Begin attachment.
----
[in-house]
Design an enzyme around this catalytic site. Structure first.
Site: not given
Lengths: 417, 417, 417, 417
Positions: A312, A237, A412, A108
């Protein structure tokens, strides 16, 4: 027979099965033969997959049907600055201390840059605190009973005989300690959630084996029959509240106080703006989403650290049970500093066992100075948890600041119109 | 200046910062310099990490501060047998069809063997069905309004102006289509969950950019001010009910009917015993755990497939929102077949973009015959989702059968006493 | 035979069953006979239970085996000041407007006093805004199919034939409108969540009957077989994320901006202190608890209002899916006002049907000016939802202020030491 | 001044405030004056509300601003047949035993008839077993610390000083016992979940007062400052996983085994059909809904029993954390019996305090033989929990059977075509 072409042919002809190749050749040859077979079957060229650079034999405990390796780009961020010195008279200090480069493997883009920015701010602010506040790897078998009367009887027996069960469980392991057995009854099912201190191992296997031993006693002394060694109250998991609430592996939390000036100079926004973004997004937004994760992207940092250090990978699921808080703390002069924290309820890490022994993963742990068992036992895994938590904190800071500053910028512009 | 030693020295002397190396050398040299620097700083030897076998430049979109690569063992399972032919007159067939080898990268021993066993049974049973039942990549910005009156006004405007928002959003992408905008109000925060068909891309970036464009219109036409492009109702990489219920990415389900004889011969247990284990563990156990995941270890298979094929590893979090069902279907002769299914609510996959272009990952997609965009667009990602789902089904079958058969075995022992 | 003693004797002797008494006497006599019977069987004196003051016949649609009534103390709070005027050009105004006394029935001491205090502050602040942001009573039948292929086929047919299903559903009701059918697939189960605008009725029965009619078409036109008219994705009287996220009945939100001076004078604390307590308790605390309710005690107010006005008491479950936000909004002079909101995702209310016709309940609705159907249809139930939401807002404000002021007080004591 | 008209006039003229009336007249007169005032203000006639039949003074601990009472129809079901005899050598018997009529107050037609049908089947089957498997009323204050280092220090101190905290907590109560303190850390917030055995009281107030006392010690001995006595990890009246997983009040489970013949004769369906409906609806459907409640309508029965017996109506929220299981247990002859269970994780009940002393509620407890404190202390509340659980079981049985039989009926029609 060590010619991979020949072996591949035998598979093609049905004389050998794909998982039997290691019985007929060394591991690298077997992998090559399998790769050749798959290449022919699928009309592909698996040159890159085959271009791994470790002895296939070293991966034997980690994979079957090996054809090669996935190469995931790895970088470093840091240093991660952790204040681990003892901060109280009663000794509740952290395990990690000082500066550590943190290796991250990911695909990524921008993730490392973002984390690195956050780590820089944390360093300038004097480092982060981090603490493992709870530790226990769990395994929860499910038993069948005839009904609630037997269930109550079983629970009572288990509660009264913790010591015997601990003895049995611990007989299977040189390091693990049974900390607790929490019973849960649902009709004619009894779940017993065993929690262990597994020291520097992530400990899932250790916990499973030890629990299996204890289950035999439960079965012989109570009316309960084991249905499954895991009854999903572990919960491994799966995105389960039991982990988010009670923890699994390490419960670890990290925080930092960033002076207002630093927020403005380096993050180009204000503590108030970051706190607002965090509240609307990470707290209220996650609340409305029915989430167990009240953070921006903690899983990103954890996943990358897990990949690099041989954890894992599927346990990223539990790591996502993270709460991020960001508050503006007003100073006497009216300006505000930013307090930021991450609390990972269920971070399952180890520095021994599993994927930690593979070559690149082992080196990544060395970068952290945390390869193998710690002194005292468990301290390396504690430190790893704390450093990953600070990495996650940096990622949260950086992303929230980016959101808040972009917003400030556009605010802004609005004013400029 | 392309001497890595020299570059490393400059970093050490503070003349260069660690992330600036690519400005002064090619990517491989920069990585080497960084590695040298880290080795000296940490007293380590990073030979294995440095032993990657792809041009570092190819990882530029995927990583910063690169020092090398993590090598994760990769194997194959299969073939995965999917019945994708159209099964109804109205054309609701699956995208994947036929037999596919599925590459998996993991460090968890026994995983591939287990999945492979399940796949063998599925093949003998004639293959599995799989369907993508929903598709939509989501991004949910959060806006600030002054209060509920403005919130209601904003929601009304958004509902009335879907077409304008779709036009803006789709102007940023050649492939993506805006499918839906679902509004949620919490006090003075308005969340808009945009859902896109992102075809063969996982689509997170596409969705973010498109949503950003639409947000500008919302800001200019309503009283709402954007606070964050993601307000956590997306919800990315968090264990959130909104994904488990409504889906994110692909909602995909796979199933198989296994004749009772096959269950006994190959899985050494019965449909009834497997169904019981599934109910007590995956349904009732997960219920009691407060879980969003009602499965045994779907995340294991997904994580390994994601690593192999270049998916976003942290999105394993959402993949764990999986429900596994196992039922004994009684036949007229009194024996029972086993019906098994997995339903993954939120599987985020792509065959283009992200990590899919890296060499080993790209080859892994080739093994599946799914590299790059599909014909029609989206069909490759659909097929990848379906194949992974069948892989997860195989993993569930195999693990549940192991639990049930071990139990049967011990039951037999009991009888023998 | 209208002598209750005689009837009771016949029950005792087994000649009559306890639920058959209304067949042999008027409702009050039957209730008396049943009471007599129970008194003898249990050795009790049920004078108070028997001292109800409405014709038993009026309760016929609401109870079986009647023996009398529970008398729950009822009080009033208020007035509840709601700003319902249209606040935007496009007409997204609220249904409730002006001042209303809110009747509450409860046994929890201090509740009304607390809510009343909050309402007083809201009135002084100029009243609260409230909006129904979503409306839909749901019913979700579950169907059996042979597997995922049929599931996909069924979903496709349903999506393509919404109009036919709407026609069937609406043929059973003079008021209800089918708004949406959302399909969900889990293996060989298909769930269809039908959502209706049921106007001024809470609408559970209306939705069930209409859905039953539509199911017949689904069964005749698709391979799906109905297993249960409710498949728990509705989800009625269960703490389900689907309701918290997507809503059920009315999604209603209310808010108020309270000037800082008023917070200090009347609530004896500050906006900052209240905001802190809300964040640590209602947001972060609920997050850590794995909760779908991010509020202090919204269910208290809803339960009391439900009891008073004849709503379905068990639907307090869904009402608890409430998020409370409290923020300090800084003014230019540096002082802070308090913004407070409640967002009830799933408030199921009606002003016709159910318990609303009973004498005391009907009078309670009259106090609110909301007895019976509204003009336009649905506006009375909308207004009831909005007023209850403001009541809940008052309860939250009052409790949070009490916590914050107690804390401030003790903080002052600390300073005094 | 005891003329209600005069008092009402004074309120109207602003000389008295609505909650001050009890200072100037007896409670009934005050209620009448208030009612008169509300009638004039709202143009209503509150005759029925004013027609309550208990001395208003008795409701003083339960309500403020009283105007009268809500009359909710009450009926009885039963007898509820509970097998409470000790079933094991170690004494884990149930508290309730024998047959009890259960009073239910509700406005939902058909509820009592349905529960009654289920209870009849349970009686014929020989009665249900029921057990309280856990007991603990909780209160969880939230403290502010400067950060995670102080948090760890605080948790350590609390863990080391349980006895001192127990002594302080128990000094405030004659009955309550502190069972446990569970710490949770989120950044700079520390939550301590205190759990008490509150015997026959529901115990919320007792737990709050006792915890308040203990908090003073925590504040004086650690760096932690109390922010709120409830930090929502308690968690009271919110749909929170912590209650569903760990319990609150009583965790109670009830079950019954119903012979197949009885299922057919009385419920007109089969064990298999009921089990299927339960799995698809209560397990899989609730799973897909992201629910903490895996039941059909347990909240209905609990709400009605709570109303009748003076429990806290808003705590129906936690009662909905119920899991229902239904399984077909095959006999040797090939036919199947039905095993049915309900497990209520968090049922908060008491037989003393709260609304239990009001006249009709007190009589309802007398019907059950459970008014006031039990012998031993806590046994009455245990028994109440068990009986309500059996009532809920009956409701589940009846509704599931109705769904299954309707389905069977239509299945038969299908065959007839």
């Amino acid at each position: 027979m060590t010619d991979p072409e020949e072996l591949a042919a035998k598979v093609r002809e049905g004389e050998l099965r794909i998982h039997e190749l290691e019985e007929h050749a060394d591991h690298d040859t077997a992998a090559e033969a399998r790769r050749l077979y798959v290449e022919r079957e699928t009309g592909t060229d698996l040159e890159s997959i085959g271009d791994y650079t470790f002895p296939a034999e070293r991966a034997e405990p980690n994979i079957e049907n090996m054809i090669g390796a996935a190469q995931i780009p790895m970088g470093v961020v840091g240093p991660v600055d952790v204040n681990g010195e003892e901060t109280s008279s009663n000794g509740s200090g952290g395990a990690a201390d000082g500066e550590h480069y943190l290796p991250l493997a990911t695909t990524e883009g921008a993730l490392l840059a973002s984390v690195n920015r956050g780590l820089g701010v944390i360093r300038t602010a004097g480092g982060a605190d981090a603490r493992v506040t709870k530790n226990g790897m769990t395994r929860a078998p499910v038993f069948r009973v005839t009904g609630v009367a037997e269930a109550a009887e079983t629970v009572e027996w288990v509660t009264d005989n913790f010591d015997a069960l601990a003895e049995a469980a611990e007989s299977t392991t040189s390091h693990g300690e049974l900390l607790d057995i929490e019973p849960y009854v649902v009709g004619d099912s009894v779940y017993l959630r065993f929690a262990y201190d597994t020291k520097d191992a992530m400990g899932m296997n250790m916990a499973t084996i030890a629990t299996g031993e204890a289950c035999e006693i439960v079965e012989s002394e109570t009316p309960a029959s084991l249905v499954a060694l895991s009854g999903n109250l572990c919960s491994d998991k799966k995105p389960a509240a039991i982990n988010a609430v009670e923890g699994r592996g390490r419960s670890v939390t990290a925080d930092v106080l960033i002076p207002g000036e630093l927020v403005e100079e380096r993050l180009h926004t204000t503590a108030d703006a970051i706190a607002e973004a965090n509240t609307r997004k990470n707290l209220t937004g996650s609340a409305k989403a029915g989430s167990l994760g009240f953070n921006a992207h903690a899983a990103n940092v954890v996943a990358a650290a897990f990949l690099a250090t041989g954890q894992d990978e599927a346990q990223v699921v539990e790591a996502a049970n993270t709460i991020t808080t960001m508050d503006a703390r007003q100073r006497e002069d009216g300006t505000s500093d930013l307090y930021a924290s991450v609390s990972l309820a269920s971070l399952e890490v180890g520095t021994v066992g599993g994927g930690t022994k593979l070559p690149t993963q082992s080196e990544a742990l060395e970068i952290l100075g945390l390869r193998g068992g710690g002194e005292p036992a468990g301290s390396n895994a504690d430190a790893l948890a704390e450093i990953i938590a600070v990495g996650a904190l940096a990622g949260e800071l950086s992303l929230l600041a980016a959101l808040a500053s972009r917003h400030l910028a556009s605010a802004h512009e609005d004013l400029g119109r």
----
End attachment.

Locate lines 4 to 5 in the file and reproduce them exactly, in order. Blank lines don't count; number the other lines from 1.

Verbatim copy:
Lengths: 417, 417, 417, 417
Positions: A312, A237, A412, A108